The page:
29th October 2018
Dr Katherine Pitt is a GP Registrar with a special interest in women’s health. Katherine is also a researcher in domestic violence and abuse at University of Bristol (Academic Clinical Fellow). She writes here about her professional experiences of how domestic abuse impacts upon mental health.
Working as a doctor in general practice, I had some insight into the mental health consequences of domestic violence and abuse (DVA). However, the time pressure in clinical practice limits what I hear and understand. Recently, by conducting research interviews with survivors of DVA, I gained a deeper insight. They described how corrosive DVA had been to their self-worth, confidence and mental health. Their experience of seeking psychological support was variable. Despite this, they embodied resilience, and a commitment to sharing their experience in the hope it might help others.
Immediately halt dangerous planned changes to the way that women’s domestic abuse refuges are funded, as they could put women’s and children’s lives at risk.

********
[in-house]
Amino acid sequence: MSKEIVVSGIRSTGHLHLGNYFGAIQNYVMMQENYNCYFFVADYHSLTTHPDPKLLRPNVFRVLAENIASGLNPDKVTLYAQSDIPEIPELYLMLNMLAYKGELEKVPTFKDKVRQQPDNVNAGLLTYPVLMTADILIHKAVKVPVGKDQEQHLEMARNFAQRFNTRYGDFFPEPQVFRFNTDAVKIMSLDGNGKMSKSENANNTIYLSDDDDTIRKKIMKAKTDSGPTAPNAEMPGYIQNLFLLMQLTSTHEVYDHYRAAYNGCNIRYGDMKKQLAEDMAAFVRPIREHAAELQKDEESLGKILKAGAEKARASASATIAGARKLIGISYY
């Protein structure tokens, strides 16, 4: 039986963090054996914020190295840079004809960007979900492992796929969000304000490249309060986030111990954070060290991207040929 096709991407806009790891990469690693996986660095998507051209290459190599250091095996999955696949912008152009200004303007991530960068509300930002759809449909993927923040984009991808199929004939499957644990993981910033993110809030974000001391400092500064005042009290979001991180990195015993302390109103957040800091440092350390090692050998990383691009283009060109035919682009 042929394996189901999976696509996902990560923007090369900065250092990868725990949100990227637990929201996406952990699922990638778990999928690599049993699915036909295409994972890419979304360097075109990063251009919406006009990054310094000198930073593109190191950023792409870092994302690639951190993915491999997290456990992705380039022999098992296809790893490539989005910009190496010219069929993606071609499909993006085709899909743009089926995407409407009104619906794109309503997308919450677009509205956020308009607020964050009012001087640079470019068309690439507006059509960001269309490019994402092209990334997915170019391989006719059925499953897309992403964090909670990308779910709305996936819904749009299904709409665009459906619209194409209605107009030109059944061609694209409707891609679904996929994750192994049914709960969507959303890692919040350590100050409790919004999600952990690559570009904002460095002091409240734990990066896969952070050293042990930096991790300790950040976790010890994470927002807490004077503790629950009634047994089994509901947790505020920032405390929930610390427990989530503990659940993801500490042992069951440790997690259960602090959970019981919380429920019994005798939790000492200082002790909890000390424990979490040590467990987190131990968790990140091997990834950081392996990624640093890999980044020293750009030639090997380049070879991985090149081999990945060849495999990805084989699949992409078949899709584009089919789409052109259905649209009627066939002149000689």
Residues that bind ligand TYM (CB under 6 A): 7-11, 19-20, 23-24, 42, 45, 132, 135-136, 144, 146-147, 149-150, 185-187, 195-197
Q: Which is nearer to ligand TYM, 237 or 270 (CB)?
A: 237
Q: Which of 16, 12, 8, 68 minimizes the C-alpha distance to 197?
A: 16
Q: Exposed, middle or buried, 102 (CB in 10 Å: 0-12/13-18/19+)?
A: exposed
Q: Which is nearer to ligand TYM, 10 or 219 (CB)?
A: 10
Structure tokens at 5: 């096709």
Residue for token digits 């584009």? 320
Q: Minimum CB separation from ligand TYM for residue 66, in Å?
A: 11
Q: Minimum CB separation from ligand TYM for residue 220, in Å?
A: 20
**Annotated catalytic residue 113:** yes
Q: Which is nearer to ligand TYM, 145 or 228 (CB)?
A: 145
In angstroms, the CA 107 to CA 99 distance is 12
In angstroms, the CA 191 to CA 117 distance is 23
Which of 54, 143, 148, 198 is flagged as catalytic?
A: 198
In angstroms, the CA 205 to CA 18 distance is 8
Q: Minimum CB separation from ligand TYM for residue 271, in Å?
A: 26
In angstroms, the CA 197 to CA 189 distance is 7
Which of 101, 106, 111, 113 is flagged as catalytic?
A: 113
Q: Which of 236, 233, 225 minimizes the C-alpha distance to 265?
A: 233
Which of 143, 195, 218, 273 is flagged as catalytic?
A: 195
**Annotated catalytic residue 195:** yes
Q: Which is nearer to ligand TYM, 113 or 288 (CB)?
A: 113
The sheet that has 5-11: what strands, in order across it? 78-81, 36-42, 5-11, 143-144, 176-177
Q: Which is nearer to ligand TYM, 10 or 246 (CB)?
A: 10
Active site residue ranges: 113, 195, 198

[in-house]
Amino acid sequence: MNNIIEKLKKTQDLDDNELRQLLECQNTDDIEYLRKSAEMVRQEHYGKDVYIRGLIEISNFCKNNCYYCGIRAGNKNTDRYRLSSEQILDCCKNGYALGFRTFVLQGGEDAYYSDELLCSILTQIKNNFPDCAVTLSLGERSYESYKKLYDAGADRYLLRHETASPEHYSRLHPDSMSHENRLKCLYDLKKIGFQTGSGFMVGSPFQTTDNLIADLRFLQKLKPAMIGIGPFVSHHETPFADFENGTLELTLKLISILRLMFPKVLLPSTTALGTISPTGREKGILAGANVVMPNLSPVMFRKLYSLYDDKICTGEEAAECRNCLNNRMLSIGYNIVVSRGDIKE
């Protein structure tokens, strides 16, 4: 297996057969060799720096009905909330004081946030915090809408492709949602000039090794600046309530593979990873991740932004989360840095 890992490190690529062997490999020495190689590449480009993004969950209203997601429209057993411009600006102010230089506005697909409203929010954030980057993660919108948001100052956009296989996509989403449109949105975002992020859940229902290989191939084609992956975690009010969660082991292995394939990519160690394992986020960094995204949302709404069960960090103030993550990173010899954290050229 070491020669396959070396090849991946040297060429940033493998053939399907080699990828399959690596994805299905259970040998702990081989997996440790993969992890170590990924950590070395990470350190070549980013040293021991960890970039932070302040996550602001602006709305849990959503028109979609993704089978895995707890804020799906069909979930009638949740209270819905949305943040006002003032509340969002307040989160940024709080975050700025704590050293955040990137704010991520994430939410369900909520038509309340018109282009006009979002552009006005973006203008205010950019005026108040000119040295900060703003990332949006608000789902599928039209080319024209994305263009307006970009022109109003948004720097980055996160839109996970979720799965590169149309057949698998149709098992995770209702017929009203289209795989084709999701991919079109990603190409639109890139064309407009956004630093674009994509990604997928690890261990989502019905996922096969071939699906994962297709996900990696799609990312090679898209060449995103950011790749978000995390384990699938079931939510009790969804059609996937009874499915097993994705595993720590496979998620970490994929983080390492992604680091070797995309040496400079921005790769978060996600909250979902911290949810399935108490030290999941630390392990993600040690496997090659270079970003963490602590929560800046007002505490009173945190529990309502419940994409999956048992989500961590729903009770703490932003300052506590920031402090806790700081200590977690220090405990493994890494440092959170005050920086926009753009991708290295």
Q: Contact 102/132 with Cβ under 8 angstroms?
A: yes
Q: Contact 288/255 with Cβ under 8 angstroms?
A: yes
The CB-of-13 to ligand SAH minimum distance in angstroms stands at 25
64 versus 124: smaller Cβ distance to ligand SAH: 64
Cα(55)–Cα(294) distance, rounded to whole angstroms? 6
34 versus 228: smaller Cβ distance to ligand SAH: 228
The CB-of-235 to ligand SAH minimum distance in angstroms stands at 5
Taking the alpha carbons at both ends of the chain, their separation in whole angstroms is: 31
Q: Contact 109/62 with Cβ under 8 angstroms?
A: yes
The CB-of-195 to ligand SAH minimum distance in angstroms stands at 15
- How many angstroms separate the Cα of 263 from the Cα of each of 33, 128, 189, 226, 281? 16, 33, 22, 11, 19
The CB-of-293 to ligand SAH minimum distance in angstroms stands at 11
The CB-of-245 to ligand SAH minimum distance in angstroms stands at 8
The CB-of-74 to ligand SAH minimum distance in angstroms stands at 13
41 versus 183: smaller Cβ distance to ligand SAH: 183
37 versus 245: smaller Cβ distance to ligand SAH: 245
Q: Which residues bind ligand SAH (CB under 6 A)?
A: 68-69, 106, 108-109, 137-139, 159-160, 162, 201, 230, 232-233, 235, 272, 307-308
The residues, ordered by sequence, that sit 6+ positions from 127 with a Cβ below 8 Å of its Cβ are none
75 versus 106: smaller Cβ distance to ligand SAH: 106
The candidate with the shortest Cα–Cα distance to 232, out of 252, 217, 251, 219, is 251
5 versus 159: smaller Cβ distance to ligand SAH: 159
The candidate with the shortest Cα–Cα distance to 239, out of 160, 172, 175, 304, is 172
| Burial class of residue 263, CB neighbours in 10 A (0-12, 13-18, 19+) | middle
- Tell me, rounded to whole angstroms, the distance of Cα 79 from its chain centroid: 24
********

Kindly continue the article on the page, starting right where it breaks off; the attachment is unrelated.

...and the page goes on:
Work with Women’s Aid and other partners to ensure that the national network of women’s refuges is given a model of funding that will protect services in the long term.
UK support to protect women and girls in some of the world’s poorest countries from practices such as FGM, child marriage and domestic and sexual violence.
MUMBAI (Thomson Reuters Foundation) – Amid global efforts to crack down on sex harassment in the work place, India is reaching out to women in the private sector, urging them to report sex pests via an online portal previously restricted to government staff.
Following calls from individuals and organisations across the UK, we are pleased the government has announced today that it will be taking the final step to enable ratification of the Istanbul Convention.